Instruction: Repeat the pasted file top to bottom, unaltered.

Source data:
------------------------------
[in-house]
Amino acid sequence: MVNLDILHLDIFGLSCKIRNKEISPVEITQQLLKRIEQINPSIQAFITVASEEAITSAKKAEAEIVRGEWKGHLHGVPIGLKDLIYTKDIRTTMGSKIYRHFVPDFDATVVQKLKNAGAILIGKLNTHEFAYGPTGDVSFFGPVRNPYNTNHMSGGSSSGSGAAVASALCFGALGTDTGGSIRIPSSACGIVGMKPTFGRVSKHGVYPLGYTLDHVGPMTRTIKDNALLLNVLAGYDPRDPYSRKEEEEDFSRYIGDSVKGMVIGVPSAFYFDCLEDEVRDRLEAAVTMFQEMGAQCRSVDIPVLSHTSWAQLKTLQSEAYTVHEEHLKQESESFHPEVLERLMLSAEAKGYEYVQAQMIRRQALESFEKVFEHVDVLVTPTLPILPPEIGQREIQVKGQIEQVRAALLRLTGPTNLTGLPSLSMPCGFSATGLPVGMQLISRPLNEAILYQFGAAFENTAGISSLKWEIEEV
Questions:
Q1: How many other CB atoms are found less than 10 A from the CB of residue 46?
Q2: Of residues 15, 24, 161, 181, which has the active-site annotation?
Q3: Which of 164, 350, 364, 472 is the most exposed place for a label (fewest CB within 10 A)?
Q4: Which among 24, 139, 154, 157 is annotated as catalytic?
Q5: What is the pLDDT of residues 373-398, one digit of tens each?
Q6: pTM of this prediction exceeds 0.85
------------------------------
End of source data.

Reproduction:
[in-house]
Amino acid sequence: MVNLDILHLDIFGLSCKIRNKEISPVEITQQLLKRIEQINPSIQAFITVASEEAITSAKKAEAEIVRGEWKGHLHGVPIGLKDLIYTKDIRTTMGSKIYRHFVPDFDATVVQKLKNAGAILIGKLNTHEFAYGPTGDVSFFGPVRNPYNTNHMSGGSSSGSGAAVASALCFGALGTDTGGSIRIPSSACGIVGMKPTFGRVSKHGVYPLGYTLDHVGPMTRTIKDNALLLNVLAGYDPRDPYSRKEEEEDFSRYIGDSVKGMVIGVPSAFYFDCLEDEVRDRLEAAVTMFQEMGAQCRSVDIPVLSHTSWAQLKTLQSEAYTVHEEHLKQESESFHPEVLERLMLSAEAKGYEYVQAQMIRRQALESFEKVFEHVDVLVTPTLPILPPEIGQREIQVKGQIEQVRAALLRLTGPTNLTGLPSLSMPCGFSATGLPVGMQLISRPLNEAILYQFGAAFENTAGISSLKWEIEEV
Questions:
Q1: How many other CB atoms are found less than 10 A from the CB of residue 46?
Q2: Of residues 15, 24, 161, 181, which has the active-site annotation?
Q3: Which of 164, 350, 364, 472 is the most exposed place for a label (fewest CB within 10 A)?
Q4: Which among 24, 139, 154, 157 is annotated as catalytic?
Q5: What is the pLDDT of residues 373-398, one digit of tens each?
Q6: pTM of this prediction exceeds 0.85